How to Play Music on Your Venue’s PA (Without Getting Sued)
Try to picture complete silence between the opener and headliner at your venue. Difficult, right? It’s not just crowd clatter that contributes to that between-set buzz—your venue likely plays recorded music over the PA as showgoers get hyped for the next act. And if your venue has a bar or restaurant area, chances are you’re playing background music there too.
As ever, though, music isn’t free—not even music that your showgoers only half-notice blaring from the PA. For permission to use this music, your venue must pay annual licensing fees to the performance-rights organizations representing the vast majority of recording artists. If your venue doesn’t pay these fees, you could face legal action from ASCAP, BMI, SESAC, or any of the leading performance-rights organizations.
This isn’t an unlikely worst-case scenario—such a lawsuit involving numerous venues happened just recently. Here’s how you can ensure your venue doesn’t fall victim to the same fate.
ASCAP recently filed a major lawsuit against certain venues
ASCAP, which represents over 725,000 independent composers, music publishers, and songwriters, recently sued 19 venues across the country for “the unauthorized public performance of its members’ copyrighted musical works.” In everyday language, this phrase roughly translates to “not paying royalties to artists whose music is played over the PA.” In a press release detailing the lawsuit, ASCAP claimed that the annual licensing fees it charges venues ultimately cost just $2 per day and that the lawsuit was the organization’s last resort for collecting those fees.
Some of the defendants have felt unfairly targeted. Jarret Oulman, who owns St. Paul venue Amsterdam Bar & Hall, has perhaps been the most outspoken of these defendants: “Someone in New York who’s never been to Minnesota just came up with this amount one day, and we just don’t think it’s at all fair or accurate,” he told the Star Tribune. Oulman additionally claimed that Amsterdam Bar & Hall has always paid its dues, even after ASCAP allegedly doubled those fees without warning.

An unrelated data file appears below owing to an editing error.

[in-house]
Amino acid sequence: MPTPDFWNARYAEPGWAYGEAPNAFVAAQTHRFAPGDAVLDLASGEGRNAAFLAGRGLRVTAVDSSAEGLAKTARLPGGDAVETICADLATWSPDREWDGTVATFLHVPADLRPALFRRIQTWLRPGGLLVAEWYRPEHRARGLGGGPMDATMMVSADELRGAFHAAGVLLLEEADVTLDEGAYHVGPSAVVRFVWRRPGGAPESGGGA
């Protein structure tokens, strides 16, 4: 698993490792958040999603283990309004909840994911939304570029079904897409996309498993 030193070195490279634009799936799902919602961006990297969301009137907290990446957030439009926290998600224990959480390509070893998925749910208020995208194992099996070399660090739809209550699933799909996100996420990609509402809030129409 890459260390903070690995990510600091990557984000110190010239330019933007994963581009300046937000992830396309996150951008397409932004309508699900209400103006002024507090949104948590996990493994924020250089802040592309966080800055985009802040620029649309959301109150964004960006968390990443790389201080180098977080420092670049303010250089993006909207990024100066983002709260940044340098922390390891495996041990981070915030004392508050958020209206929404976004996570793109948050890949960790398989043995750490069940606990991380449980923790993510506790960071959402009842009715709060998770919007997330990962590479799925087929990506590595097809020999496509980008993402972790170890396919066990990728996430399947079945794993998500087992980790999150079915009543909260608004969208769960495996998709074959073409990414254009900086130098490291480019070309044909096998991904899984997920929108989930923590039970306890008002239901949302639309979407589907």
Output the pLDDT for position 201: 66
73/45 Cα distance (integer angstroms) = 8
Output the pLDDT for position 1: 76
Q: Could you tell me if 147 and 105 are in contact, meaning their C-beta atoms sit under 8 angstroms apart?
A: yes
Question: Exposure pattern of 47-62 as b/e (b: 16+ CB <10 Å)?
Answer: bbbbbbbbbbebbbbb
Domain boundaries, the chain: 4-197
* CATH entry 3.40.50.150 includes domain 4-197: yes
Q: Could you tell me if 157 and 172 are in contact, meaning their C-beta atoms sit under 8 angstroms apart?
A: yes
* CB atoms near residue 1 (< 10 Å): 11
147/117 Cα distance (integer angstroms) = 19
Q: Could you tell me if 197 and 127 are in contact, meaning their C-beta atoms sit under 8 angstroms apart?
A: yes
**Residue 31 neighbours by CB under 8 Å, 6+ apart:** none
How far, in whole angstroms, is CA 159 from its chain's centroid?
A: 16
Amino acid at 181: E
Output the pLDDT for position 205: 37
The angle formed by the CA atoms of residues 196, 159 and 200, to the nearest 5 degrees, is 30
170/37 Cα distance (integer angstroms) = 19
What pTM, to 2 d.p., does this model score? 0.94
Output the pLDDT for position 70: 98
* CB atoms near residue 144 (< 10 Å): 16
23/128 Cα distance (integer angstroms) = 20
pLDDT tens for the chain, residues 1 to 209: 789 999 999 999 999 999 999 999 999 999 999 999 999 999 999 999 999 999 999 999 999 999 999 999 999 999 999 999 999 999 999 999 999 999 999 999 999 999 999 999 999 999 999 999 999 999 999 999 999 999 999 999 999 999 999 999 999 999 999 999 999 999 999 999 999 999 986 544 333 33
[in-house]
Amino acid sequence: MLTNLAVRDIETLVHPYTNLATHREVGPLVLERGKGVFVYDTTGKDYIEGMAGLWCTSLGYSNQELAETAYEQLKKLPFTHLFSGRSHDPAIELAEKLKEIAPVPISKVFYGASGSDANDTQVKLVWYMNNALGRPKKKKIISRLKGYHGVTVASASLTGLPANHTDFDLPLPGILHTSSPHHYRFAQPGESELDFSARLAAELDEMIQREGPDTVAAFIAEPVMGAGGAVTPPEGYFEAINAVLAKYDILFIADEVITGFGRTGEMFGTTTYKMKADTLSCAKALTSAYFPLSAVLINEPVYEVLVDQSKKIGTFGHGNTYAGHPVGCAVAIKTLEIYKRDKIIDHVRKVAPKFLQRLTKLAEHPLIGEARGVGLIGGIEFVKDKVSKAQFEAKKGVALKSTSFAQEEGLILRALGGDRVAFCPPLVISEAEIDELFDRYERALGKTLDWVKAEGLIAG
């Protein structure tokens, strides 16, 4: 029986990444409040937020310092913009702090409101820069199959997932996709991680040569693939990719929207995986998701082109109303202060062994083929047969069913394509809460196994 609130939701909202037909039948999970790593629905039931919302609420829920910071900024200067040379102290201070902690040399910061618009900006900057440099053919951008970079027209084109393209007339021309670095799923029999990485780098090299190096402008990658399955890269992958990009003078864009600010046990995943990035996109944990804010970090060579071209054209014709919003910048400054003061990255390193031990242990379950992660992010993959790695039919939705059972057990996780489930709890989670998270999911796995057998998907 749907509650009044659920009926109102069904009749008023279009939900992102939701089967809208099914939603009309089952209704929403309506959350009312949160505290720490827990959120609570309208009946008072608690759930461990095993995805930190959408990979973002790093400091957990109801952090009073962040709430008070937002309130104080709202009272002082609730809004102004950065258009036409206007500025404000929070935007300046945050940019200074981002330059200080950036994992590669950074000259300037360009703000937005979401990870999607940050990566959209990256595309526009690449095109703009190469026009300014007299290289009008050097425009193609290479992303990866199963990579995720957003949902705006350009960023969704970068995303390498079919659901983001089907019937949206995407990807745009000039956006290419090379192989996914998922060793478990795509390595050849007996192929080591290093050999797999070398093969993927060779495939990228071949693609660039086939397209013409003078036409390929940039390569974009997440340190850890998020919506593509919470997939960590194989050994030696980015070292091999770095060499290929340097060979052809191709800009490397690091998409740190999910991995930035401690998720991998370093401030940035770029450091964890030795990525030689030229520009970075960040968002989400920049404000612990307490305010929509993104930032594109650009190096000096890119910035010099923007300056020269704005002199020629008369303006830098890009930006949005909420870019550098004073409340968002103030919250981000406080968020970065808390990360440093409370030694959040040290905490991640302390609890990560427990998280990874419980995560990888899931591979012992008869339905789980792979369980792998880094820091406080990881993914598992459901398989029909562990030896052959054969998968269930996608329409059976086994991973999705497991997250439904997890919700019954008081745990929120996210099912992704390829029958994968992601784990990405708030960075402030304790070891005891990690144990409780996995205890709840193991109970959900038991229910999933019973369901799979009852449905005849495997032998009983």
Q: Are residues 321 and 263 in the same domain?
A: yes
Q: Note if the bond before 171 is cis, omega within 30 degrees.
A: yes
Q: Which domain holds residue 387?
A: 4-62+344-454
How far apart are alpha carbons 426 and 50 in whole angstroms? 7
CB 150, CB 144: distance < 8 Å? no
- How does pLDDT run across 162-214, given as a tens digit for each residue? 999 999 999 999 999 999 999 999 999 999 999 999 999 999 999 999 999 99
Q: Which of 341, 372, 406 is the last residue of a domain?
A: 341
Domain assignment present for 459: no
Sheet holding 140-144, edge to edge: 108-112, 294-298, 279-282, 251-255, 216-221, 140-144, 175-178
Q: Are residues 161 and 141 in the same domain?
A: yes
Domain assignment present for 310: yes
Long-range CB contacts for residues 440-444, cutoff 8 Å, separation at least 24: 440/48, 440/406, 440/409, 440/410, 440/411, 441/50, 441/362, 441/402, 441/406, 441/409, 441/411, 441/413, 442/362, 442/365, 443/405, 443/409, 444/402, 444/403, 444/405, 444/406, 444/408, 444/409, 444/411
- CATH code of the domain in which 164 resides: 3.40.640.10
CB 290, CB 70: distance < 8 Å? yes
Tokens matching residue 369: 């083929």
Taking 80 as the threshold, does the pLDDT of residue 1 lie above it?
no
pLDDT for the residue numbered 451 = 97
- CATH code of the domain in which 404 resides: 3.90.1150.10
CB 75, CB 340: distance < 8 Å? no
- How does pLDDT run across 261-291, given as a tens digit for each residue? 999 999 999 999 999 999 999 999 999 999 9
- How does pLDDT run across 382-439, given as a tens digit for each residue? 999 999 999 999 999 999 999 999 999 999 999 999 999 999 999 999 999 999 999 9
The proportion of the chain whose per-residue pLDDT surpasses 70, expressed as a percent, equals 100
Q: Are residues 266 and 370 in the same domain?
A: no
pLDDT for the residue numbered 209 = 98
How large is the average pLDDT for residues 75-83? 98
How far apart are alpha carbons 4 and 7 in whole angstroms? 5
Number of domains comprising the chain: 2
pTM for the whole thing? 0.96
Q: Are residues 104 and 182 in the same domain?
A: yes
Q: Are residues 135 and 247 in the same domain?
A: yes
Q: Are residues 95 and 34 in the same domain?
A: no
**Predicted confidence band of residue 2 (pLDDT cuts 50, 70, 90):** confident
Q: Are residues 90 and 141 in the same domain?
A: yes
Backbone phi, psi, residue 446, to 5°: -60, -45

Why ASCAP and BMI require venues to pay licensing fees
In the wake of a big, confusing lawsuit such as the ongoing ASCAP matter, you might be tempted to worry that your venue could be next on the chopping block. Don’t fret—ASCAP and BMI both provide detailed explainers on their requirements for using their artists’ music.
ASCAP offers an in-depth guide on why businesses that play music should pay licensing fees and how they can go about doing so. In ASCAP’s eyes, businesses—venues, hotels, restaurants, and more—should pay fees to use its performers’ music because a song “legally belongs to the songwriter who created it.” ASCAP enforces fees for any business that uses music to “attract customers,” though there’s one big exception: Any bar or restaurant smaller than 3750 gross square feet doesn’t need a license to play music on its TVs or PAs. Outside this exception, venues are required to pay fees that vary based on how they use music, how often they host live music, how much space they occupy, and additional factors.
Similarly, BMI licenses virtually all manner of businesses. In its own in-depth guide about music licensing for businesses, BMI notes that venues should secure licensing from not just BMI, but all major performance-rights organizations. Its point is valid: Paying fees to only one of the leading performance-rights groups doesn’t give your venue legal permission to play music that the other groups represent, limiting your song options and increasing your legal risks. BMI also takes the time to define “public performance,” which it classifies as not just live music, but “any music played outside a normal circle of friends and family,” such as the airing of music over your venue’s PA.
How your venue can play by performance-rights rules
ASCAP, BMI, and SESAC offer convenient online portals through which you can register your venue for a license and maintain that license. Inside these portals, you can keep up with payments, contact organization representatives, and more. Be sure to document your payment with receipts and other relevant paperwork or digital documents, and make absolutely sure that any music you play is by performers that these agencies represent (though if you pay licensing fees to each of these organizations, your venue will be able to play an overwhelming majority of the world’s recorded music).
Some venues, in attempts to sidestep licensing fees, play only music by artists lacking representation from a major performance-rights organization. This approach can quickly prove troubling: BMI, for example, represents a large number of Rock & Roll Hall of Fame inductees, and classic rock is a staple of countless venue PAs. With licensing fees as inexpensive per day as ASCAP claims them to be, then your venue might just be safer paying what amounts to pocket change compared to other daily operational costs—being the next venue taken to court is certainly the more costly option.